prize money.


Highly debatable. World Championship matches held on US soil have
included Steinitz-Zukertort 1886, Steinitz-Gunsberg 1890-91, Lasker-
Steinitz 1894, Lasker-Marshall 1907, Kasparov-Karpov 1990, and
Kasparov-Anand 1995. It's not clear what Sloan means by "most famous,"
but I would think that at least some of these, perhaps all, were/are
more famous than Fischer-Reshevsky, especially in terms of the
attention they garnered from the chess world as a whole, as well as
from the American public.

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Old November 9th 07, 11:51 AM posted to rec.games.chess.politics,rec.games.chess.misc,alt.chess
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Default Ideas on the U.S. Men's and Women's Championships

On Nov 8, 4:36 pm, Taylor Kingston wrote:
On Nov 8, 12:13 am, samsloan wrote:

Remember that the most famous match ever played in the USA was the
match between Fischer and Reshevsky and no title was at stake, only
prize money.


Highly debatable. World Championship matches held on US soil have
included Steinitz-Zukertort 1886, Steinitz-Gunsberg 1890-91, Lasker-
Steinitz 1894, Lasker-Marshall 1907, Kasparov-Karpov 1990, and
Kasparov-Anand 1995. It's not clear what Sloan means by "most famous,"
but I would think that at least some of these, perhaps all, were/are
more famous than Fischer-Reshevsky, especially in terms of the
attention they garnered from the chess world as a whole, as well as
from the American public.


Sloan means 'most famous since 'real chess' was played, which started
at my birth.'

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Old November 13th 07, 12:08 AM posted to rec.games.chess.politics,rec.games.chess.misc,alt.chess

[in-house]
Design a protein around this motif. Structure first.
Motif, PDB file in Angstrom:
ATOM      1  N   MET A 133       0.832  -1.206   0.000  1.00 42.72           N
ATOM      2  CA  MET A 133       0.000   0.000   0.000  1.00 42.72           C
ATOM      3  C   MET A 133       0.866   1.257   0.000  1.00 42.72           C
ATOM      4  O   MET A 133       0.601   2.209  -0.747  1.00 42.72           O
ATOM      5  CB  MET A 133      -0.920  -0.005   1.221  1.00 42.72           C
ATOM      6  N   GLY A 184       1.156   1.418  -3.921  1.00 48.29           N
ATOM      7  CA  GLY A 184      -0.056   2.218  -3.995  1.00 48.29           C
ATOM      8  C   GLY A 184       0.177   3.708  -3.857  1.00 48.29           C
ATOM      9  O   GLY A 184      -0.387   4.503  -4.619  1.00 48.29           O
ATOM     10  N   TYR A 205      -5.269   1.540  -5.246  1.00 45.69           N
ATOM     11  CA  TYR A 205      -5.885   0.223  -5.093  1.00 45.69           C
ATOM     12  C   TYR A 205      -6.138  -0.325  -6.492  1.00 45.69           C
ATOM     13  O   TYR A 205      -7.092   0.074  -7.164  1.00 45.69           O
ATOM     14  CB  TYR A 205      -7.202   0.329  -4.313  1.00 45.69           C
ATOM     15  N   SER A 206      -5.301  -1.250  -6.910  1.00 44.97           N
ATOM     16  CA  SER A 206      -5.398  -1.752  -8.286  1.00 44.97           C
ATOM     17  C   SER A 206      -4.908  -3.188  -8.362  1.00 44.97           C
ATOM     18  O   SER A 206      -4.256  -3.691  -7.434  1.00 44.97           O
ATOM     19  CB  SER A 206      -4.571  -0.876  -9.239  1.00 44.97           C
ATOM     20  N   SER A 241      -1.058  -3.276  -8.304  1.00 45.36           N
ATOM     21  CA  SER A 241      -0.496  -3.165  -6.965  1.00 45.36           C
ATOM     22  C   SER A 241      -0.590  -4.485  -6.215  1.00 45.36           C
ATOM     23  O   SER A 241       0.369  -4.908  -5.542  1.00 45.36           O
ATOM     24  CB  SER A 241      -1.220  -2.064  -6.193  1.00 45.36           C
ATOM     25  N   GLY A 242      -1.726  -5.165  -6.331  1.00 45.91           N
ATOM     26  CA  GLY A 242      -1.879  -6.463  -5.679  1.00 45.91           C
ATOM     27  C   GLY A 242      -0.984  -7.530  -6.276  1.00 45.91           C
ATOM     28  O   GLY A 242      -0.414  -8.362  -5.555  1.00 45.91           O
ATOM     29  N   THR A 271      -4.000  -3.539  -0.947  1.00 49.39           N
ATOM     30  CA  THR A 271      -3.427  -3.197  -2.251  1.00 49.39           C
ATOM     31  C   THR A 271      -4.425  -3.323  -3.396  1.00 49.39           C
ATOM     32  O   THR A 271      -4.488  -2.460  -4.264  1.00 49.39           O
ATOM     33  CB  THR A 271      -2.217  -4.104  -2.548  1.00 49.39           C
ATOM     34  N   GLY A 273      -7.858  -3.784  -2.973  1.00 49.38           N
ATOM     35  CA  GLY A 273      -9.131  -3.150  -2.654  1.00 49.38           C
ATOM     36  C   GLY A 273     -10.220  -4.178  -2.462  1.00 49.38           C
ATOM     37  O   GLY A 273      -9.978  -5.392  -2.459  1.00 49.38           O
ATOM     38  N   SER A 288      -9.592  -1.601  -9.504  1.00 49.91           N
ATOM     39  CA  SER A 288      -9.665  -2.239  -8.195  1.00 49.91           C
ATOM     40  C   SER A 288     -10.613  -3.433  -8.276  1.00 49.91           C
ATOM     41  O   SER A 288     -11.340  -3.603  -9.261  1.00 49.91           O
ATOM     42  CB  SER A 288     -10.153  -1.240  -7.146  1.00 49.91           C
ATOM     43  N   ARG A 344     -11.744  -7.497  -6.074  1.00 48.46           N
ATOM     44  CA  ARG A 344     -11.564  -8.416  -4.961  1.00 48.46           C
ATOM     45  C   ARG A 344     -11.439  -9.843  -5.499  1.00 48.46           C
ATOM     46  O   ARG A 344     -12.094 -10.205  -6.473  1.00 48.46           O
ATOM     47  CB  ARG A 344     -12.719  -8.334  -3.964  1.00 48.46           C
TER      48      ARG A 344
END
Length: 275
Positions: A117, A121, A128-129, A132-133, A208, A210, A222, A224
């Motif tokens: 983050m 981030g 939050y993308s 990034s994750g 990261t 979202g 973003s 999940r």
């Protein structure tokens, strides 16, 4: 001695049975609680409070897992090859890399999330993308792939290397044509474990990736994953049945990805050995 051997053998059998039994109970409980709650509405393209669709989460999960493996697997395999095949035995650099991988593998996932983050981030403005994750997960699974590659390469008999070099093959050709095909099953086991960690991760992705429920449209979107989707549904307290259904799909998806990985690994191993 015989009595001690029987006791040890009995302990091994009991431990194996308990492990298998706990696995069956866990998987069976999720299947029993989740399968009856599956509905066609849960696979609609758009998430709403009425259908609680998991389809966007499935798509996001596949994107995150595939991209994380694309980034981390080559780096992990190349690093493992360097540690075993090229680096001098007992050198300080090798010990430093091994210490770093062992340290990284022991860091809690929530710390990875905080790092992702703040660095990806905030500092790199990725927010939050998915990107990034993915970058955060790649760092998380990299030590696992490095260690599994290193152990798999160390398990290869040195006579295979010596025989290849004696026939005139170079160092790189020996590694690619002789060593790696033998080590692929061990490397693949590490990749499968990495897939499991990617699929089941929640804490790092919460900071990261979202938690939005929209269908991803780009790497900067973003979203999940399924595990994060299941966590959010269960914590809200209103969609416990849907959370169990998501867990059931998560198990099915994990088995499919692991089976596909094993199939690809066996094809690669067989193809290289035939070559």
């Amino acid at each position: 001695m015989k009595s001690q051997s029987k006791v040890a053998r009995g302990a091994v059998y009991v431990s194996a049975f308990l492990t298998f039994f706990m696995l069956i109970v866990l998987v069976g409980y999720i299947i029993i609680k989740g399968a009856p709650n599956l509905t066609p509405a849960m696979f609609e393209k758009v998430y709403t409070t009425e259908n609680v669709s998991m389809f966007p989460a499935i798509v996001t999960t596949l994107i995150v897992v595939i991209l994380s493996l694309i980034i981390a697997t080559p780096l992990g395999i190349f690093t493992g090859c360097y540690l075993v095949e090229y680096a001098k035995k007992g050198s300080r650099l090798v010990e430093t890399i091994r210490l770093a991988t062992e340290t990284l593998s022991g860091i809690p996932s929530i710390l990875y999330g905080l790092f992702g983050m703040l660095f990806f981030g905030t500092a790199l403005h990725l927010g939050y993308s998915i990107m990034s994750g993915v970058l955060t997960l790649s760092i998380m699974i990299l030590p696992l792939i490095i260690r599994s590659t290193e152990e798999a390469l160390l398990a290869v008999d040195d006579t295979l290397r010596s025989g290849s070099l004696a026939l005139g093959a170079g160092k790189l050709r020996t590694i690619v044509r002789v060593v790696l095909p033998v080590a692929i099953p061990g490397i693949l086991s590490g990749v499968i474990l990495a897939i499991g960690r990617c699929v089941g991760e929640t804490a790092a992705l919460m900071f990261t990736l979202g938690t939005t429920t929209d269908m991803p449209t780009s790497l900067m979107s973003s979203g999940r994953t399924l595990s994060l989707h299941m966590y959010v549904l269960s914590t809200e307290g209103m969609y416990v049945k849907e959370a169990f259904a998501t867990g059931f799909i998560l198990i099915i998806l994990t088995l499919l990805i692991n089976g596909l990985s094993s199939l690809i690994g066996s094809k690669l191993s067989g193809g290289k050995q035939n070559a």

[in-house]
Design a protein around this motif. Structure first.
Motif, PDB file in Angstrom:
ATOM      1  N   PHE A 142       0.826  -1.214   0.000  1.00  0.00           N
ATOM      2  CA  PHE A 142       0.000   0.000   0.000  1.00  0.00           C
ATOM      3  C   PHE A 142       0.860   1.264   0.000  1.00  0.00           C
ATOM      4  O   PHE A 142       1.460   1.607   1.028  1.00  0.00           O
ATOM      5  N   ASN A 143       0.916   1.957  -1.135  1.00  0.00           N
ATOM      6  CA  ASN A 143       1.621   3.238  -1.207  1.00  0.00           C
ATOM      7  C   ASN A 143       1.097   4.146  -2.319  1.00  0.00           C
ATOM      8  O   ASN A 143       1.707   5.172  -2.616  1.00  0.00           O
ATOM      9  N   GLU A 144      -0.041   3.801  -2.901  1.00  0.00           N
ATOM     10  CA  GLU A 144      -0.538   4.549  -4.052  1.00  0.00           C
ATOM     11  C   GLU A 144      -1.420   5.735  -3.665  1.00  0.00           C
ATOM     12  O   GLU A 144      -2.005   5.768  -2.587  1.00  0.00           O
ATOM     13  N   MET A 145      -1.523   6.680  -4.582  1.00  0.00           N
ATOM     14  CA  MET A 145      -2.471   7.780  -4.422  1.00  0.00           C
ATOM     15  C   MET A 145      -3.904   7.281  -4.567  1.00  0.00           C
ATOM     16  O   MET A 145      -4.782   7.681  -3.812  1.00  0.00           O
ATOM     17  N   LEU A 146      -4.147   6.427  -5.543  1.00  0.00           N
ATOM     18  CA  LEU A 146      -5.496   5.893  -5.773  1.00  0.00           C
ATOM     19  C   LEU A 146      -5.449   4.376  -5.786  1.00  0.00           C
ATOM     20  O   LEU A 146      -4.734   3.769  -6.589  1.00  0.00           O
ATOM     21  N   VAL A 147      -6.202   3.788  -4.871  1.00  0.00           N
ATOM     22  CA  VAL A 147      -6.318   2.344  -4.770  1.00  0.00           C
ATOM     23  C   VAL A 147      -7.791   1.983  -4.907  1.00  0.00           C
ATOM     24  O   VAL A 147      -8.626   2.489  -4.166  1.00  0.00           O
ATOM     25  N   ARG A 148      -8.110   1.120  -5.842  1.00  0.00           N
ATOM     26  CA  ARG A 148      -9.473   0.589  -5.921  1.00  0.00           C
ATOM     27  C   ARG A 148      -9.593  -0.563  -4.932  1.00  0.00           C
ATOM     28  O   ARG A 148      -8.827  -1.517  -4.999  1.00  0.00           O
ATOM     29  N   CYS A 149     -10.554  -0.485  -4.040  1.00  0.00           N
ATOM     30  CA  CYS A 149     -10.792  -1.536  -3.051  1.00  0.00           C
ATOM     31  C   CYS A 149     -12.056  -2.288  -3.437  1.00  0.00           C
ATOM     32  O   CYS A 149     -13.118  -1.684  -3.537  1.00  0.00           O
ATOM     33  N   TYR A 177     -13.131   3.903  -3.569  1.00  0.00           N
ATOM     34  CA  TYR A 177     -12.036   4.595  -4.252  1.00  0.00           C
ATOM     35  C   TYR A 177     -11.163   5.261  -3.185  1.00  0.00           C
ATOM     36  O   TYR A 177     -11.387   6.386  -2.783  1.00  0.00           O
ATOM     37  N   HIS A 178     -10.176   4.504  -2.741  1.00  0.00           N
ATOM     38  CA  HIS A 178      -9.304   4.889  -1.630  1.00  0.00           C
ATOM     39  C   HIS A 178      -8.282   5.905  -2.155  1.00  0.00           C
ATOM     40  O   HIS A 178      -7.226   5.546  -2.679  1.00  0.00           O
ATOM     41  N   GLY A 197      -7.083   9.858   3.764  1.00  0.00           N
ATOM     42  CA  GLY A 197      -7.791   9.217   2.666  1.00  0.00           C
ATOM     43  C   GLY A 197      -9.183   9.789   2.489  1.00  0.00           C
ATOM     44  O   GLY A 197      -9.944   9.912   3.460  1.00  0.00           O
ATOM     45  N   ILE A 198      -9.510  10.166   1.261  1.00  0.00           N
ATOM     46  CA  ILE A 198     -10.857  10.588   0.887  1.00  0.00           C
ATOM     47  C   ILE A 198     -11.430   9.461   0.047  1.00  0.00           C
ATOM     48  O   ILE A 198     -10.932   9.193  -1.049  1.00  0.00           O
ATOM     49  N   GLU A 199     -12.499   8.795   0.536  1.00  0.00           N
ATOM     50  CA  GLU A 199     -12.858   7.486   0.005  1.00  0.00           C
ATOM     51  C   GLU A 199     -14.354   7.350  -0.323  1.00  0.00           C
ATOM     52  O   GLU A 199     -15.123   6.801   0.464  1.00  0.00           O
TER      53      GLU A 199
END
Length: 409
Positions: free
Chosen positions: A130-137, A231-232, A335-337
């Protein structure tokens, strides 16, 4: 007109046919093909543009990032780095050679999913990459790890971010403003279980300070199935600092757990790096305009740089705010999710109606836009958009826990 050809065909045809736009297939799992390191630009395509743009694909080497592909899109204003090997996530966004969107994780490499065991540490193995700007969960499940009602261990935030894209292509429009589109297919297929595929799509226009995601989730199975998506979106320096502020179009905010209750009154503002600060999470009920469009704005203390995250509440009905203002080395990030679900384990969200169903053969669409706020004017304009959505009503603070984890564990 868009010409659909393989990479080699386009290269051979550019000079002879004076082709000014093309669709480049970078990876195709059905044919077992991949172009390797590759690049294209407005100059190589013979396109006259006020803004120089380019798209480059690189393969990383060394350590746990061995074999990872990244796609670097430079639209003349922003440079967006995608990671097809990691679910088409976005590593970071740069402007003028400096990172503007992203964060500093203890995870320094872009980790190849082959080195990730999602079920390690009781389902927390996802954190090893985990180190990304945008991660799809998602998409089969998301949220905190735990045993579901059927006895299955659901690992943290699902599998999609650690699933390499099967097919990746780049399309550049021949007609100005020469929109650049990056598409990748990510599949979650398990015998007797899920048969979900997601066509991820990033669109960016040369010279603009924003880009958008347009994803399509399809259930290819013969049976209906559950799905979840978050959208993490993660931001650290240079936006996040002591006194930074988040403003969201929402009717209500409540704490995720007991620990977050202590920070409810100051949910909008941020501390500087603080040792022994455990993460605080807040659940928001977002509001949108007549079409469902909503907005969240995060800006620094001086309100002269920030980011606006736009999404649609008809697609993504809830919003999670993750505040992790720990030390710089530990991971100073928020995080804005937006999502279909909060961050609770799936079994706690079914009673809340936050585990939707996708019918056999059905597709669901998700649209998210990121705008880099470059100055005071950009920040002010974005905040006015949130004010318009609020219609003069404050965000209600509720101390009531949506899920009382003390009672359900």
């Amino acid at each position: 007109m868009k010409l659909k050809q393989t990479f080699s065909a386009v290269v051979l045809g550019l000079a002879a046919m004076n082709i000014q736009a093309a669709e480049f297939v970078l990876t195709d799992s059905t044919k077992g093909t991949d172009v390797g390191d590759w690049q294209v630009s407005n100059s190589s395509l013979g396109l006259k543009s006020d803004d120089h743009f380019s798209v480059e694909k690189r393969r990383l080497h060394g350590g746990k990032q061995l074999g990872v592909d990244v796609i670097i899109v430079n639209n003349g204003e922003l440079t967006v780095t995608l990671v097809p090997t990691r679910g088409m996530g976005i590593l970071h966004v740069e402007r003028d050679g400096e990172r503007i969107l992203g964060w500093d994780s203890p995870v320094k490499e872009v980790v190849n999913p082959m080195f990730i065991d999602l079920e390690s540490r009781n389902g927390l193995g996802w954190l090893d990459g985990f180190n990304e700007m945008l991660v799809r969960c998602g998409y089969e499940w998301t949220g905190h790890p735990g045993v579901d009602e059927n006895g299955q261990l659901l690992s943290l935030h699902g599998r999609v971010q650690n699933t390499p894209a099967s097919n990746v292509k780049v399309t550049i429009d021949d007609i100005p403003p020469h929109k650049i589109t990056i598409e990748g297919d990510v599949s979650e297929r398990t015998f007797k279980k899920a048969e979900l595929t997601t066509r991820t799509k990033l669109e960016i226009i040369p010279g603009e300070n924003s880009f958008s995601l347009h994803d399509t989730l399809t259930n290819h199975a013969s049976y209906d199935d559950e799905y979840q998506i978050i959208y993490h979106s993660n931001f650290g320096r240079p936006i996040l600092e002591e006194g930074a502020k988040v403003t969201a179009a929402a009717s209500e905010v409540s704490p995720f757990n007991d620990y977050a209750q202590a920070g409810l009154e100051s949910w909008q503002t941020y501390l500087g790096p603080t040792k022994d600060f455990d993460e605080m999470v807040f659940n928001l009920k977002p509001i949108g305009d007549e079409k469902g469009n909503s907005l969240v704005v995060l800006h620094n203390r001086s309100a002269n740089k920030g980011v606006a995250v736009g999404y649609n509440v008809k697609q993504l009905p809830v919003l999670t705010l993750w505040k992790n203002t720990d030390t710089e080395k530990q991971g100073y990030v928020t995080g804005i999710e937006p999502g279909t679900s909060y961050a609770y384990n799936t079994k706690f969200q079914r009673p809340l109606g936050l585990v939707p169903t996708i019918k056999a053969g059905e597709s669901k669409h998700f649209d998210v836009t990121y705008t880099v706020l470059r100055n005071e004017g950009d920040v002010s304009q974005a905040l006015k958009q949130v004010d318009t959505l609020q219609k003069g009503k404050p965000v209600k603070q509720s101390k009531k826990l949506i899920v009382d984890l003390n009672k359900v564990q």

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Default Ideas on the U.S. Men's and Women's Championships

Prior 2000 the US Championship was a 16 player Round Robin usually
held in New York City with a $25,000 prize fund.

All the top players played. It was rare for a top player to turn down
an invitation.

Then in 2000 AF4C came in, made it into a Swiss with qualifying
tournaments, mixed the men and women's championships and offered a
$100,000 prize fund.

In 2006, AF4C put up a record $250,000 prize fund and then was
attacked by those such as Susan Polgar who complained on her blog that
the prizes were "too small".

In 2007, Frank Berry put up $50,000 of his own personal money and Joel
Benjamin refused to play, citing the low prize fund.

In say, go back to the traditional round robin. The Goichberg-style
Big Swiss format is not working.

Sam Sloan



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Old November 13th 07, 02:30 AM posted to rec.games.chess.politics,rec.games.chess.misc,alt.chess
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Default Ideas on the U.S. Men's and Women's Championships


samsloan wrote:
Prior 2000 the US Championship was a 16 player Round Robin usually
held in New York City with a $25,000 prize fund.

All the top players played. It was rare for a top player to turn down
an invitation.

Then in 2000 AF4C came in, made it into a Swiss with qualifying
tournaments, mixed the men and women's championships and offered a
$100,000 prize fund.

In 2006, AF4C put up a record $250,000 prize fund and then was
attacked by those such as Susan Polgar who complained on her blog that
the prizes were "too small".

In 2007, Frank Berry put up $50,000 of his own personal money and Joel
Benjamin refused to play, citing the low prize fund.

In say, go back to the traditional round robin. The Goichberg-style
Big Swiss format is not working.

Sam Sloan


Quote:
Originally Posted by rfeditor
Quote:
Originally Posted by samsloan
Prior 2000 the US Championship was
a 16 player Round Robin usually held in New York City with a $25,000
prize fund.
Sam Sloan

"Usually held in New York City"? There were 25 U.S. Championships